How to Quickly Recover From Your Sprained Ankle Like a Pro!

The runners, triathletes and weekend warriors (and there are a lot of them) at University Foot & Ankle Institute know that spraining an ankle is way more than just a pain. It’s a disruption to your training routine and can really thwart your season’s plans and make weekends a lot less enjoyable. The healing process takes time, and without your daily or weekly run, you might be feeling bored, lazy, or unfocused. Here is a step-by-step guide to surviving and thriving during your 2-6 week hiatus.

Step 1: Take it easy

Take it Easy, University Foot and Ankle Institute

The healing process takes time, and without your daily or weekly run, you might be feeling bored, lazy, or unfocused.

Yes, that means YOU. We know how hard it is to sit on the couch, dwelling on all the miles you could be logging if you weren’t hurt. But you’re going to need to rest your ankle in order to heal properly and avoid future injuries. Think of this period as an investment, not a vacation.

For the first day or two, use the RICE method. You know the one: Rest, Ice, Compression, Elevation. Keep off your ankle and use crutches if you need to get around. While sitting or sleeping, elevate your ankle and keep a cold pack on it for 15-minute intervals. Use a compression stocking or wrap to keep the swelling down.

Oh, and don’t forget to check in with your friendly neighborhood foot and ankle specialist for a full diagnosis. That’s what we’re here for!

Step 2: Point-and-Flex

Once you can bear weight on your ankle, you can start working on increasing your range of motion. A good way to start is with a simple point-and-flex exercise while seated. Once that becomes more comfortable, you can focus on recovering your finer coordination skills by spelling out words with your feet on an invisible chalkboard.

Continue elevating and compressing, and stay off of the ankle as much as you can.

Step 3: Get moving

Get Moving with an Ankle Injury, University Foot and Ankle Insittute

Swimming is the recovery choice for the pros – it’s low-risk and works more muscle groups than almost any other activity

Just because you can’t run or walk, doesn’t mean you have to be sedentary. Talk with your physical therapist about ways you can get some exercise without posing a danger to your ankle. Think of this as an unexpected opportunity to build your upper body strength and explore new activities.

Swimming is the choice recovery activity for the pros – it works more muscle groups than almost any other activity and it’s a low impact (read: low risk) activity. Better yet, you can do it while enjoying the summer sunshine. You can also try weight lifting machines, battle-rope exercises, and boxing while seated.

Exercising while injured keeps your blood circulating and your metabolism burning. It also floods your system with endorphins, which can help you keep your spirits up while you recover.

Step 4: Build ankle strength

Are you bearing weight? Is your ankle moving freely? It’s time to start re-building those ankle muscles. Use resistance exercises to bring your ankle back to its pre-injury strength.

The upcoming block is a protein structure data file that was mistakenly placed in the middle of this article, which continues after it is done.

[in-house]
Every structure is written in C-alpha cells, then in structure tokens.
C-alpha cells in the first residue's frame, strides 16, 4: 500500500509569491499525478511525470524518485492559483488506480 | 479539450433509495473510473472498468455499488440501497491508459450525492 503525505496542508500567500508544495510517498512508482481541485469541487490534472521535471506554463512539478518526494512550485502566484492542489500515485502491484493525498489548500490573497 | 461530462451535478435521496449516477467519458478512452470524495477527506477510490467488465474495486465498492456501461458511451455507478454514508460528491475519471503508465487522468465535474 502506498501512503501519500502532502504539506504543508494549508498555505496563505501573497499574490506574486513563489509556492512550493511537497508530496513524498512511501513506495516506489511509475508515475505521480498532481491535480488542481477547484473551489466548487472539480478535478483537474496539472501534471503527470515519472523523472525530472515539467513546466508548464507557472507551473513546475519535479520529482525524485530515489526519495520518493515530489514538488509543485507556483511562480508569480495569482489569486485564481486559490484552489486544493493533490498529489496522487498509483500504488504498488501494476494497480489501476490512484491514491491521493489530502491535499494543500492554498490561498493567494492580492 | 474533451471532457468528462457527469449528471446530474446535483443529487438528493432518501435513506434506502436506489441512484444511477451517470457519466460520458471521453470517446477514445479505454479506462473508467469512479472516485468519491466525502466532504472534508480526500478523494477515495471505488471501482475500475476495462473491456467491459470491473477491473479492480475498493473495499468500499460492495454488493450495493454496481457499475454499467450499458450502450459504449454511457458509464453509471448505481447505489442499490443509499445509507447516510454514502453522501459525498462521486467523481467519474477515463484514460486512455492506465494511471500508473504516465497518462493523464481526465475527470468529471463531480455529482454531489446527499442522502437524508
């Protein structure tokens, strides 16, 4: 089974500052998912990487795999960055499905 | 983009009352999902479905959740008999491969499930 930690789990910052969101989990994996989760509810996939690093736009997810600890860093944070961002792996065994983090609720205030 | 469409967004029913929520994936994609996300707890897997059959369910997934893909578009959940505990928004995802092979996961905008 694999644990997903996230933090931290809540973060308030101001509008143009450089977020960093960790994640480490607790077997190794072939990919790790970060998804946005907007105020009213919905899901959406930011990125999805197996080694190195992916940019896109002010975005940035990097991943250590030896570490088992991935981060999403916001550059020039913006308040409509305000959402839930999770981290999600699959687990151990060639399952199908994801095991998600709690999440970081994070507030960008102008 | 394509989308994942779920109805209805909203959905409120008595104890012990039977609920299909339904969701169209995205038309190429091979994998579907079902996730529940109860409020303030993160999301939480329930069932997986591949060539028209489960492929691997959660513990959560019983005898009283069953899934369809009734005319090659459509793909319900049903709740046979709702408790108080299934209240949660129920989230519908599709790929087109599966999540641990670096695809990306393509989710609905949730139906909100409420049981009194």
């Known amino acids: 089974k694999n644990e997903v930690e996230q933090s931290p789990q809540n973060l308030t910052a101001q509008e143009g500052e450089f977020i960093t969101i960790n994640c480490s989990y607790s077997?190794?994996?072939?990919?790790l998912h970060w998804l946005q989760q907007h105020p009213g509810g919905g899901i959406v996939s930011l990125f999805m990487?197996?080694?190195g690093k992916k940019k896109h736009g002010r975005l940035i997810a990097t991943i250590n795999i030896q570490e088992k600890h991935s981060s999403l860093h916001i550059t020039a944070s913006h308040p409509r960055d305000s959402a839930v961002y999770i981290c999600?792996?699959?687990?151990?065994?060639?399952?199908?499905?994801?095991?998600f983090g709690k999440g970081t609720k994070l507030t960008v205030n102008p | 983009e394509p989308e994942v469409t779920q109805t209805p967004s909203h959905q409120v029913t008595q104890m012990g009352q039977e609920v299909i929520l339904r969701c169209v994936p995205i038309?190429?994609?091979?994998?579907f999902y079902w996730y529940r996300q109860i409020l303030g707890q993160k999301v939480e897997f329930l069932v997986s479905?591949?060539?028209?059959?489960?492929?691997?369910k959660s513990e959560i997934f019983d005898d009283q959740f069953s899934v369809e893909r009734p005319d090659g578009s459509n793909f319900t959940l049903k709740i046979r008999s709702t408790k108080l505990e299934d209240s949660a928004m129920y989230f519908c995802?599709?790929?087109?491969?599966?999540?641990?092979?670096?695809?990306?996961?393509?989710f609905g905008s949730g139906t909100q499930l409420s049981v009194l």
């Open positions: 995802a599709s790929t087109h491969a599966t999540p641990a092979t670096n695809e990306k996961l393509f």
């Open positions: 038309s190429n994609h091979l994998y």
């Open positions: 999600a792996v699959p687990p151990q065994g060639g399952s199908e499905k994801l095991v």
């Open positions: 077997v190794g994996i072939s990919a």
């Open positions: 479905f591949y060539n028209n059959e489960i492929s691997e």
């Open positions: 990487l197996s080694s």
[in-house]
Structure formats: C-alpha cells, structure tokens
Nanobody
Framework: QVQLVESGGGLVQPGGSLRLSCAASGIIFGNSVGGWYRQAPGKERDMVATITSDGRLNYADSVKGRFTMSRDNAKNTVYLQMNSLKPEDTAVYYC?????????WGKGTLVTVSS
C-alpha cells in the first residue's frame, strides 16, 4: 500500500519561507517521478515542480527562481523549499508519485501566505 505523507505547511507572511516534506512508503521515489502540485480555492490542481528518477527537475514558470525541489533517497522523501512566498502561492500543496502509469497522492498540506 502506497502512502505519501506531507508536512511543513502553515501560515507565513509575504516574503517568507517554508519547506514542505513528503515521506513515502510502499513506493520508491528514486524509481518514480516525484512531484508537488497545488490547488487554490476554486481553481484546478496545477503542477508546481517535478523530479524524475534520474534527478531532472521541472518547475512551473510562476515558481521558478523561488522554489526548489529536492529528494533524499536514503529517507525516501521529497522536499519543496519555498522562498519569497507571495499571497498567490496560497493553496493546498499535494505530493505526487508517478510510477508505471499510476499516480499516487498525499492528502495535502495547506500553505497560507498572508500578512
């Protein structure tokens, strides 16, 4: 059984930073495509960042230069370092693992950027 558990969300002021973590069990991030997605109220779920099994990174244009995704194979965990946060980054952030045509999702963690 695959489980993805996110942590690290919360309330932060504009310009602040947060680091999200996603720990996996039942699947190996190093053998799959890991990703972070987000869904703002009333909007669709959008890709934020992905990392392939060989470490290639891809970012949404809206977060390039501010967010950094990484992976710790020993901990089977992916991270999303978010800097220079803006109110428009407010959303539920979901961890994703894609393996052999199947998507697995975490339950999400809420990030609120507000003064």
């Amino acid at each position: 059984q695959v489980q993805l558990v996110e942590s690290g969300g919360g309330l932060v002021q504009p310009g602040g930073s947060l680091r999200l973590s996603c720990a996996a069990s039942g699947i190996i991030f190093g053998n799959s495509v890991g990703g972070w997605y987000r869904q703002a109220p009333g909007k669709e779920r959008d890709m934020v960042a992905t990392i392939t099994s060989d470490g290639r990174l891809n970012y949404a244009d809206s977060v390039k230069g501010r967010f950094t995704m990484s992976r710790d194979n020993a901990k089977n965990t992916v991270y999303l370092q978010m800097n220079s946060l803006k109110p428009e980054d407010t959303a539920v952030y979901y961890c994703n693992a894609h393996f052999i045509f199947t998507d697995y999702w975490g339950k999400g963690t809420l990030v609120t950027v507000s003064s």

Exercise 1: Press your foot downward and inward against a wall or coffee table, then flex it up and outward. Alternate directions to point towards the other two corners, and repeat every 15 seconds for 10 sets.

Exercise 2: Loop a resistance band around the ball of your foot and hold the other end with your hand. Point and flex your foot against the elastic pressure in every direction.

Step 5: Make smart goals and ease into your routine

Ease back into your routine, University Foot and Ankle Institute

Once you get the green light from your foot and ankle specialist to start training again, take it slow and set goals for yourself.

Once you get the green light from your foot and ankle specialist to start training again, take it slow and set goals for yourself. Intersperse short intervals of weight-bearing exercises into your alternate, post-injury routine. Elliptical machines, bikes, and treadmills are going to be your best friends during this period. All of these can be easily adapted to the level of intensity you feel comfortable with.

Continue increasing the intensity of your lower-impact activities and the duration of your weight-bearing exercises. As you work your way up to running, avoid uneven surfaces – like dirt trails – until after you’ve made a full recovery. Stick with turf tracks and pavement for a few weeks.

And of course, keep your foot and ankle specialist updated on your progress! We love to hear from you about your road to recovery.

The UFAI Education Team

The UFAI Education Team

For almost fifteen years, University Foot and Ankle Institute and their nationally recognized physicians have been providing the most technologically advanced medical care for the foot and ankle with the highest success rates in the country.

As a teaching institution, University Foot and Ankle Institute’s Fellowship Program is among the most advanced in the nation.

We at UFAI are driven to get our patients back to their normal activities with the highest level of function, in the least amount of time, using the least invasive treatments possible. From start to finish, we are with you every step of the way.

The UFAI Education Team works to help empower our patients and website visitors with the most up-to-date information about foot and ankle conditions, treatment options, recovery and injury prevention. Our goal is to pass on truly useful information to our readers.

We hope you enjoy our work and find it of value. Please let us know!
The UFAI Education Team

2 comments

  1. Every step is really good. Thanks for sharing this.

  2. Thank you so much for sharing this blog, excellent writing.

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